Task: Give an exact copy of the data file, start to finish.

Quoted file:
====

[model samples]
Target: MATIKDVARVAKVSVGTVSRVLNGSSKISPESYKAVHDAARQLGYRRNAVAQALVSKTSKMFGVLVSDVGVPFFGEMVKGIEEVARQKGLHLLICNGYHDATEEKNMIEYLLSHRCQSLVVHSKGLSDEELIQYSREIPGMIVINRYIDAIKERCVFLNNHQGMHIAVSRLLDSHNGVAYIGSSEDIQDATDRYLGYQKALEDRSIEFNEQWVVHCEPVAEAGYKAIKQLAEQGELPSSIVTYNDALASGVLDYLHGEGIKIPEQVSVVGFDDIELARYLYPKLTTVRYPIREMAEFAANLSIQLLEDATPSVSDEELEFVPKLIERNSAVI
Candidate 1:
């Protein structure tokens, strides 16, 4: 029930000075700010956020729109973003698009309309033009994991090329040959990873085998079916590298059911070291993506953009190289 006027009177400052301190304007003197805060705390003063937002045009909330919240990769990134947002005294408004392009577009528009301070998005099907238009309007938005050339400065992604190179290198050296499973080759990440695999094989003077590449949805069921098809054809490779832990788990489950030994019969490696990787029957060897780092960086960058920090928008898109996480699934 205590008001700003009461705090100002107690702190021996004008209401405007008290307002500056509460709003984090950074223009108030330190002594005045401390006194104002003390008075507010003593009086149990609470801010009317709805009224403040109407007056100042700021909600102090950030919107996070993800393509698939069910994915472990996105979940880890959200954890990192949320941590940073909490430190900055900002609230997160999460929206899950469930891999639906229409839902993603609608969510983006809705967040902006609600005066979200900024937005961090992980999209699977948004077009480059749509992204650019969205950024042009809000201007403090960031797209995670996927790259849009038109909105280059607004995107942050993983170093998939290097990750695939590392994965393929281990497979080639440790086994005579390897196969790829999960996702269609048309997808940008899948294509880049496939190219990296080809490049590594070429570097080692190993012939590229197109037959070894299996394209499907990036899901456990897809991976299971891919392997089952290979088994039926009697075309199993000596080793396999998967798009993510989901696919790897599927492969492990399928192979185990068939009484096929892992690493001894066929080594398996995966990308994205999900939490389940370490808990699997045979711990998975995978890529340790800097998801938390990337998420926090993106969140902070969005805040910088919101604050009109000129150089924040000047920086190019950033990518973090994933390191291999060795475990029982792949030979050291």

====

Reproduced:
[model samples]
Target: MATIKDVARVAKVSVGTVSRVLNGSSKISPESYKAVHDAARQLGYRRNAVAQALVSKTSKMFGVLVSDVGVPFFGEMVKGIEEVARQKGLHLLICNGYHDATEEKNMIEYLLSHRCQSLVVHSKGLSDEELIQYSREIPGMIVINRYIDAIKERCVFLNNHQGMHIAVSRLLDSHNGVAYIGSSEDIQDATDRYLGYQKALEDRSIEFNEQWVVHCEPVAEAGYKAIKQLAEQGELPSSIVTYNDALASGVLDYLHGEGIKIPEQVSVVGFDDIELARYLYPKLTTVRYPIREMAEFAANLSIQLLEDATPSVSDEELEFVPKLIERNSAVI
Candidate 1:
């Protein structure tokens, strides 16, 4: 029930000075700010956020729109973003698009309309033009994991090329040959990873085998079916590298059911070291993506953009190289 006027009177400052301190304007003197805060705390003063937002045009909330919240990769990134947002005294408004392009577009528009301070998005099907238009309007938005050339400065992604190179290198050296499973080759990440695999094989003077590449949805069921098809054809490779832990788990489950030994019969490696990787029957060897780092960086960058920090928008898109996480699934 205590008001700003009461705090100002107690702190021996004008209401405007008290307002500056509460709003984090950074223009108030330190002594005045401390006194104002003390008075507010003593009086149990609470801010009317709805009224403040109407007056100042700021909600102090950030919107996070993800393509698939069910994915472990996105979940880890959200954890990192949320941590940073909490430190900055900002609230997160999460929206899950469930891999639906229409839902993603609608969510983006809705967040902006609600005066979200900024937005961090992980999209699977948004077009480059749509992204650019969205950024042009809000201007403090960031797209995670996927790259849009038109909105280059607004995107942050993983170093998939290097990750695939590392994965393929281990497979080639440790086994005579390897196969790829999960996702269609048309997808940008899948294509880049496939190219990296080809490049590594070429570097080692190993012939590229197109037959070894299996394209499907990036899901456990897809991976299971891919392997089952290979088994039926009697075309199993000596080793396999998967798009993510989901696919790897599927492969492990399928192979185990068939009484096929892992690493001894066929080594398996995966990308994205999900939490389940370490808990699997045979711990998975995978890529340790800097998801938390990337998420926090993106969140902070969005805040910088919101604050009109000129150089924040000047920086190019950033990518973090994933390191291999060795475990029982792949030979050291």